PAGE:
Your Defensiveness Is Our Command: Talking About Racism in Seattle
by Jen Graves
on Tue, Oct 1, 2013 at 11:08 AM
Felicia Loud sang her song "More" at the Northwest African American Museum last Thursday. The seats soon filled up.
Sometimes it can feel hopelessly like Seattle's defensiveness about racism is on the rise. But on the flip side, it also feels like more and more organizers are rising up to do work addressing local structural racism in places like the school system, the police department, and microaggression at the street-and-office level. (Every time the words "that's not about race" are spoken in Seattle, an organizing angel gets her wings?)
Whether real change will happen is the most vital question to keep asking, and maybe it won't. There is a lot of power involved, and, as one black woman said at last week's conversation about the killing of Trayvon Martin and the exoneration of George Zimmerman at the Northwest African American Museum, "We love having the progressives, we do. But white people aren't going to give up their privilege. Why would they? They just aren't going to." Rubber, meet road.
Still, be assured that nothing happens without direct talk about racial inequity across races and ages and classes—not just "diversity" potlucks and slogans, but attempts to understand how your experience in this city is determined by your skin color. The shift is from talking about race (fun times with ethnicity!) to racism: The darker your skin, the more likely you are to suffer for your skin color in Seattle, as in most other American cities and towns. Reasonable people can probably at least agree to that much, right? (If you feel you are a reasonable person and maybe new to this topic, hello! You might like this video or the recent short piece of writing "For Whites (Like Me): On White Kids.")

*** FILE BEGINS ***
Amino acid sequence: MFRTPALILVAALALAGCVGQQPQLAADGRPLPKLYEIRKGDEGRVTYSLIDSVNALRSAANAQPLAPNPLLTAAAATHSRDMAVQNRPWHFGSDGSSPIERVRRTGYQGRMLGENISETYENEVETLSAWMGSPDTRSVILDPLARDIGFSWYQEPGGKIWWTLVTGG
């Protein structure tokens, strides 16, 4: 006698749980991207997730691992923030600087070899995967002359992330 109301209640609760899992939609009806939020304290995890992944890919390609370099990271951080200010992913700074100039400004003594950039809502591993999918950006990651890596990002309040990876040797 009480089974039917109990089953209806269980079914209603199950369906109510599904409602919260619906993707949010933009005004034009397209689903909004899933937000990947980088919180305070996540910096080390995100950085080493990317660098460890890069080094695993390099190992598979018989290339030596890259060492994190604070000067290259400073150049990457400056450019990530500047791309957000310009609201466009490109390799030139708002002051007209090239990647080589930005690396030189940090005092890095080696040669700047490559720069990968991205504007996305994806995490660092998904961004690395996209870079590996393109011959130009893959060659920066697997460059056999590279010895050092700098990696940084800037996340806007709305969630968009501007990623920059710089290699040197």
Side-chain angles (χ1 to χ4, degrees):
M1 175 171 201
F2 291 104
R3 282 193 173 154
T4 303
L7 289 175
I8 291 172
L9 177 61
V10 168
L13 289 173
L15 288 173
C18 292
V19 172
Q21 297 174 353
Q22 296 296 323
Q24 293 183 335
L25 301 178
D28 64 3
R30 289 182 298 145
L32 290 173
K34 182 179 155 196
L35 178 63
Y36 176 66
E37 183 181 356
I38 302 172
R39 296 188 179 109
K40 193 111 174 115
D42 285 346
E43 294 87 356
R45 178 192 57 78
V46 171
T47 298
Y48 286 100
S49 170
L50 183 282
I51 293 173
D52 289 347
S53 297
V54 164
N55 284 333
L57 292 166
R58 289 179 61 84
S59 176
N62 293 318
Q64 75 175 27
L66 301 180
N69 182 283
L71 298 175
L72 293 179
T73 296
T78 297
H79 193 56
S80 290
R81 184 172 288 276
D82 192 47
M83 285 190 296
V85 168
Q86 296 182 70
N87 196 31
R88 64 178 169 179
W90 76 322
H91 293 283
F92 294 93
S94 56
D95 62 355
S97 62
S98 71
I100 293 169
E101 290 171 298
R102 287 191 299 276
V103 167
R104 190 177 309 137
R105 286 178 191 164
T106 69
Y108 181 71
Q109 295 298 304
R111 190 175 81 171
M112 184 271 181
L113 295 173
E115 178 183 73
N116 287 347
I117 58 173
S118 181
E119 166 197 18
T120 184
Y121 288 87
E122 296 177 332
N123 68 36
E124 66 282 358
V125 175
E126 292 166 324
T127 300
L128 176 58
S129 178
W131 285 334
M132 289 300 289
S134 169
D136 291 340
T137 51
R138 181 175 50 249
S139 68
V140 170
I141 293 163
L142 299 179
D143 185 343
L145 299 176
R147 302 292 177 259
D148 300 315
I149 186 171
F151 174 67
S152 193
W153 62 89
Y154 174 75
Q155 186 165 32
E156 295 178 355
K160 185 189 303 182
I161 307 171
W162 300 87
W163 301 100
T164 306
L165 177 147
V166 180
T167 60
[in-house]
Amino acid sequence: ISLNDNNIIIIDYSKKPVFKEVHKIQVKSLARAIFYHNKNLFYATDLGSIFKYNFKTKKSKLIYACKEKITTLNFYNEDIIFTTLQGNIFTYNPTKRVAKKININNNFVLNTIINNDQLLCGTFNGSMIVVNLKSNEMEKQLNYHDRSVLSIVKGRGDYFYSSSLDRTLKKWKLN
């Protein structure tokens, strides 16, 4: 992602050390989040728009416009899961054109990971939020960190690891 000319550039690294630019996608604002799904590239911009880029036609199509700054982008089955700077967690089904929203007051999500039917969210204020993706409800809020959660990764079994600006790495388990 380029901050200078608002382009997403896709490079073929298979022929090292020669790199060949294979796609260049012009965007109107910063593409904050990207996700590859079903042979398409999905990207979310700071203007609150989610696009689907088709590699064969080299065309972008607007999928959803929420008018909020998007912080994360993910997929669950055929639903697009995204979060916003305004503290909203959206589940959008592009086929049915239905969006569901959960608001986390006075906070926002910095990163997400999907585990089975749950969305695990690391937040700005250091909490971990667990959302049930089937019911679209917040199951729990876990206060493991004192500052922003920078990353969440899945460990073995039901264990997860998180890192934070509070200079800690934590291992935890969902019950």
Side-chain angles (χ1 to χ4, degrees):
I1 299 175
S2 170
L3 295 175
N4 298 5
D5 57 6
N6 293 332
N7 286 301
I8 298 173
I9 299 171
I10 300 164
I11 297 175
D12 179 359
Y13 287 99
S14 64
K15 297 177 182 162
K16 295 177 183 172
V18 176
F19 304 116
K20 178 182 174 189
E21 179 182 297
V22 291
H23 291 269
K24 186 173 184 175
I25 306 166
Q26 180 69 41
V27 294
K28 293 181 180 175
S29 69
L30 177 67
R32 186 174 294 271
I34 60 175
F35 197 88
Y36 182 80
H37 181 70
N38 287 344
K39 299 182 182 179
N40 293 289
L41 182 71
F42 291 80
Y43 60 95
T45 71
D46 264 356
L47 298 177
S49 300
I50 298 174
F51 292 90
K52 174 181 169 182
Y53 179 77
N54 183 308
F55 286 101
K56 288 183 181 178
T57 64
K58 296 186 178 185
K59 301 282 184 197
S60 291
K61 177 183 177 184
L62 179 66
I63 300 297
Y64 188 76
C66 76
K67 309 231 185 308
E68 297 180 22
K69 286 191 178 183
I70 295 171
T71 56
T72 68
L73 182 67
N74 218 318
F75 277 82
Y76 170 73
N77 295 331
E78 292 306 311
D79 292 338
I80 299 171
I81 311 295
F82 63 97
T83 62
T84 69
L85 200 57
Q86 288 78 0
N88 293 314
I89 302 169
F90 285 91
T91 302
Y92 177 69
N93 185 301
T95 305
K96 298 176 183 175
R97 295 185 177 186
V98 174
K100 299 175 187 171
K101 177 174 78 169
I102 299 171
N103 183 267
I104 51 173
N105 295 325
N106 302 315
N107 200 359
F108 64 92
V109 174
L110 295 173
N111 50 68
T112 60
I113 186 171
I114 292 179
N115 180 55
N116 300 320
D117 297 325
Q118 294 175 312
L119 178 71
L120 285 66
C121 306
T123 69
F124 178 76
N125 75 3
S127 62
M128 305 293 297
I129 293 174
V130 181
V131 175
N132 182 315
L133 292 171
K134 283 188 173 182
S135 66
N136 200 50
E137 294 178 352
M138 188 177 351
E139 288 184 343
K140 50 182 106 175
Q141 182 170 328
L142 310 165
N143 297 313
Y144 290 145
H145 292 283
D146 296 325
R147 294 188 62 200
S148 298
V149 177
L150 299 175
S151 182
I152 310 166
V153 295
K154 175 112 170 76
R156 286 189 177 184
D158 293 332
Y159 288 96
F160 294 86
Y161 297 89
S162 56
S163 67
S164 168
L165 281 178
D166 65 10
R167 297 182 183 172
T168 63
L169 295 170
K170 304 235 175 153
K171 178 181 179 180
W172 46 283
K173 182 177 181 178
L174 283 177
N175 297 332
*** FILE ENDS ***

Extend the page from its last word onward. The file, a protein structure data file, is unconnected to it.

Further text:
A couple notes:
1. Last Thursday's event at the Northwest African American Museum was unusual and raw. The museum created a room where people talked openly about Martin and Zimmerman in a mixed group (which required some seriously graceful leadership from Leilani Lewis and Sharon Williams). Admission was free and they served food. The crowd was mostly black folks of all ages. There were plenty of kids. My white stepkids had a scheduling conflict, but I wish I'd at least suggested we change their plans so they could come. Folks of all ages were eloquent as hell (and yeah, some weren't at all, as at every truly public event). What I kept hearing was testimony about the assumptions that accompany a black man as he walks down the street, assumptions passed down through systems that continue to reinforce hundreds of years of interlocking racist structures at every level of American society—assumptions that literally kill people. The term for it is "respectability politics." One man suggested maybe society could take a brief break at its nonstop habit of discussing "black pathologies," and instead consider "the white pathologies that have arisen from empowered whiteness." Thanks to the museum and to everybody who was at that event.
Included in Under My Skin is Naima Lowe's project Thirty-Nine Questions for White People, letterpress-printed beautifully on cards posted onto the wall in a neat grid.
From Olympia artist Naima Lowe's project Thirty-Nine Questions for White People, on view at Wing Luke.
The final museum exhibition I want to mention opened this past Saturday. It's at Pacific Science Center, of all places. I haven't seen it yet and have no idea about its quality or contents. But given a workshop I attended last week for schoolteachers led by the Race and Social Justice Initiative (I volunteer at a school), thousands upon thousands of schoolkids are going to this thing. For instance: ALL of Washington Middle School.
The exhibition is RACE: Are We So Different?. It was organized by a science museum in Minnesota and has been traveling the country for a few years. (Has it changed at all?) It's in Seattle through January 5.